starred on Curb Your Enthusiasm, and has a recurring role on
Battlestar Galactica. She also filmed a pilot for a US version
of Footballers' Wives which, the scuttlebutt goes, was not
picked up by the networks because the US National Football
League thought it would be bad for the sport's image.
"I got very hung up on that one," says Lucy. "I was very
disappointed. It's been a long time since I've committed my
heart to another character. I've really liked the diversity of
popping in here and there, and doing juicy little roles in other
people's shows. So to want to be there with one character day in
and day out potentially for years was a really big step. It was
quite a kick in the teeth, but overall I would have to say it
was not meant to be. It was not the sum of its parts."
Then there's the musical Rob has written and wants to stage in
New Zealand; the lessons with her vocal coach; Please, her
second single with OMC's Pauly Fuemana; and all those concerts.
Her debut was in Hollywood's Roxy in January 2007. It sold out.
She's sung in New York, San Francisco and Chicago. Next stop,
London in May - but before then she's making a movie with Adam
Sandier. After that? "I never have plans way ahead," she laughs.
"I'm not Scarlett Johansson. I can't afford to do that."
Lucy's accent is true-blue Kiwi with the
occasional California hard 'r', although she sometimes fakes an
American accent to make communications easier. But she can hear
a Kiwi voice in the back of her mind that keeps her honest,
saying, Don't be a traitor. Be one of us, mate. Her relationship
with Auckland's Starship began after she had a dream in which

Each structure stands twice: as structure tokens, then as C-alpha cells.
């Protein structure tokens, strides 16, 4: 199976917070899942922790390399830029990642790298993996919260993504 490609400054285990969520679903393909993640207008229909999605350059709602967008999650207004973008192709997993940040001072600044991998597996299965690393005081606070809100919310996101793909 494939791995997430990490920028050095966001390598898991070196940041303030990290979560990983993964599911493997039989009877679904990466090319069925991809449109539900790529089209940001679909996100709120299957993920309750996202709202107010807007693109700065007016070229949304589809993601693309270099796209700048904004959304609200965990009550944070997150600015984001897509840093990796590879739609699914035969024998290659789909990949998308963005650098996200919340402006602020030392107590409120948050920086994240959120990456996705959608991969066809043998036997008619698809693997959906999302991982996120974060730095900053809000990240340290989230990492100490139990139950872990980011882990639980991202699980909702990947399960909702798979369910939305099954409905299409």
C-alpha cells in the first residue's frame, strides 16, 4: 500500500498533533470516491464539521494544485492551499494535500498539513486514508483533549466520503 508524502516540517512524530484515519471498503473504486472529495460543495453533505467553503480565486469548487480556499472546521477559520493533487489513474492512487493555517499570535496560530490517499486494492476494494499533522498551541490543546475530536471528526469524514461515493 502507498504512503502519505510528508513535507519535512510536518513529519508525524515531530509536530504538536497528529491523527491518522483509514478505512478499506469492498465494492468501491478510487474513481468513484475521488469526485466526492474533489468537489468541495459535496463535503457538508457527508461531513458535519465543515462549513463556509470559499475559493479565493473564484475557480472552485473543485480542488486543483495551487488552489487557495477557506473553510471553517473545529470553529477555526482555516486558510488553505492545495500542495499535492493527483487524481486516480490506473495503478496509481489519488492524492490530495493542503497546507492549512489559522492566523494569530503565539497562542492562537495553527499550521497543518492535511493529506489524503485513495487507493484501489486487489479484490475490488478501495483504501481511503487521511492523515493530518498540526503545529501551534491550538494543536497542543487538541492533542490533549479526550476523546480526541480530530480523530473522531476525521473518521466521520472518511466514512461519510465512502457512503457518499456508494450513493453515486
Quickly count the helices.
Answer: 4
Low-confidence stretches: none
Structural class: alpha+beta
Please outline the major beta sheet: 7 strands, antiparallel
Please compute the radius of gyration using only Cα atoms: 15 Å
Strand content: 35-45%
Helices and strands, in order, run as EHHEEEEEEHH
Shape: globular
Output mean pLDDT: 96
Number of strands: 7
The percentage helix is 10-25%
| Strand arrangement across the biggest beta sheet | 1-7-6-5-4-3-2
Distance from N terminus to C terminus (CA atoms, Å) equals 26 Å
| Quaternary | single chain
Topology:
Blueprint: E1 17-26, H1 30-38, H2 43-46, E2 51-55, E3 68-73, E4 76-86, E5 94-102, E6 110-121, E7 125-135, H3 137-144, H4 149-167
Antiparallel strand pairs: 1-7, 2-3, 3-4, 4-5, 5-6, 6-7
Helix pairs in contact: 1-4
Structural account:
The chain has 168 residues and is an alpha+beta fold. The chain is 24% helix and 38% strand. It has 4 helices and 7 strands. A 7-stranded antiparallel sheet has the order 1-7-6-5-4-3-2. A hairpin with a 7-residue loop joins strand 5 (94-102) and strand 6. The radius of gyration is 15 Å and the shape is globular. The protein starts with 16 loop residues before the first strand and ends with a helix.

she died with money in the bank, a prospect she finds
horrifying. The project of the moment is a retooling of the
oncology ward, where families spend weeks at a time, month after
month, year after year. The equipment and medical care is second
to none, says Lucy, but the environment could be better.
The hospital also gets a boost from Xena fans worldwide who,
once a year during 'Feel the Love Week', in honour of Xena's
relationship with companion Gabrielle (Renee O'Connor), do
community outreach. "I never once asked them to give money to my
charities. It's so touching. Show business is such a vanity
really. There are times when you despair of it, and they kind of
give it meaning."
Having fulfilled the dreams of a lifetime, what will she take a
crack at now? "That's a good question," says Lucy. "I want to
get back to it, really. I feel like I've been away from work for
a long time. I want to work with my husband again. I want to see
my kids grow up and surpass us in their achievements. I want to
own a puppy. I want to wear something sparkly. I want a house on
the West Coast, and a house in Bel Air, and Santa Barbara. I
want a pony... Yep, that's about the size of it." She laughs,
turns serious. "I want to take my parents on wonderful holidays.
I want to die having either spent everything or given it away."
Lucy's cancer campaign
A trustee of Friends of Starship, Lucy takes her role seriously,
attending board meetings when she's in New Zealand. Friends is a
charitable foundation set up to help provide extra equipment and
services to Starship Children's Hospital. It is currently
raising funds to pay for rebuilding the oncology ward.
"I was back home in Auckland recently and visited the cancer
ward, which is in dire need of expansion. Right now it's pretty
crowded, with a small room housing four patients and their
parents. This can go on for weeks on end, so there's not much
privacy and dignity. To make matters worse, kids going through
chemotherapy need a single room to avoid contamination and
infection from others, making it more of a squeeze and forcing
children to transfer to other wards.
"Each year at Starship alone, 100 new children are diagnosed
with cancer. During their treatment, which can take over a year
or longer, they can be admitted 10 to 20 times. We need to make
this ward the best it can be, so each child has the best chance
of making a full recovery.
"I hope you can assist Starship to rebuild their cancer ward. If
you can help, please make a donation at